An ongoing discussion of politics, law, pop culture, and fine draperies.

Monday, July 10, 2006

Huge Day in sports

Sportscasters love to wax argumentative about what constitutes the best sports day of the year. Locally, it's an October Sunday when the Patriots play at 1 pm and the Red Sox play (and win!) a playoff game in the evening. Elsewhere, it falls in mid-spring, when baseball takes a backseat to either (or both) the NHL or NBA playoffs, with perhaps a NASCAR race thrown in for good measure. For others, nothing tops a day during the NCAA basketball tournament, preferably with his/her team playing in the spotlight game.

Sunday provided an contender for the crown with the primary subject sports being outside what one deems the major American sports. The day started with
Stage XX of the Tour de France broadcast concurrently with the Wimbledon final between grasscourt king Roger Federer and his emerging rival Rafael Nadal

At most, the cycling event served as merely prelude (even for the French) to the globally important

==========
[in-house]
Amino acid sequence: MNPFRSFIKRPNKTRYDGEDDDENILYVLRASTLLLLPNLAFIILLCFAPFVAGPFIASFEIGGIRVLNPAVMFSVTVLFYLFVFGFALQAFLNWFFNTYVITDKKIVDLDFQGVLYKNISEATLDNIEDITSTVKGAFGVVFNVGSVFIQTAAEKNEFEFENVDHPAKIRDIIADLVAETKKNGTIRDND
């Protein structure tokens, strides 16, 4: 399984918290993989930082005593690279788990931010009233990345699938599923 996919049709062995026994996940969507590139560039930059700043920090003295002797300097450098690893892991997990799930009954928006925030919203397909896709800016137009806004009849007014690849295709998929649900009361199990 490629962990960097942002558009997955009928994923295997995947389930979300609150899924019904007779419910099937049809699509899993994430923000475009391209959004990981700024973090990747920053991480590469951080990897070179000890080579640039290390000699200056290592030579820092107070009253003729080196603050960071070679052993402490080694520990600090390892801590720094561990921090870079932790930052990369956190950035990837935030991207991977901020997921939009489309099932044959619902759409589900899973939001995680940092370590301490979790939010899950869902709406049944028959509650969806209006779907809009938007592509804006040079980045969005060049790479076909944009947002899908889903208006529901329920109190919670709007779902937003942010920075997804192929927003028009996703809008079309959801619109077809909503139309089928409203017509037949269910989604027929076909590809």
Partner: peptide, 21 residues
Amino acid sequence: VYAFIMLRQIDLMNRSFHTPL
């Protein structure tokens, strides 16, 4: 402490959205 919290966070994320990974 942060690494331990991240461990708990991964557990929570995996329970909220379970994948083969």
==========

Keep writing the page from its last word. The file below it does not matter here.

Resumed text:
Italy-France World Cup soccer final. Keep an ear open for Oasis half-frontman Noel Gallagher's announcement taking partial credit for Italy's win… if you can understand a word he says. Blogger Wisdom Weasel opines about the final here.

And then, some guys
drove cars around in a circle for a long time and the one nobody likes finished in first place

Federer wins

SI's Jon Wertheim provides his
post-Wimbledon thoughts. Of note, is his heralding of the much awaited re-emergence of a rivalry in men's tennis:
Is this men's rivalry great or what? Playing on the surface well suited to his game, Rafael Nadal gets to the Wimbledon final and loses to Federer in four sets. In Paris, of course, it was the exact reverse. Nadal comes in second but answers any questions about his grass-court aptitude and gives lie to the notion that he is simply a claycourter. With any luck we'll see them again, the second Sunday in September, on a more neutral surface.

In a related vein, uber-columnist Frank Deford
laments the collapse of American tennis.

Of yeah, the Red Sox suffered a
really excruciating loss to the White Sox. The Herald's Steve Buckley discusses Jon Papelbon's inability to close things out on the eve of his appearance in Tuesday's All Star Game.

For what it's worth, I got my fill of it all watching the 9:30-10 pm edition of ESPN News. Short and sweet (actually, bitter, but who's counting …).


Post a Comment

<< Home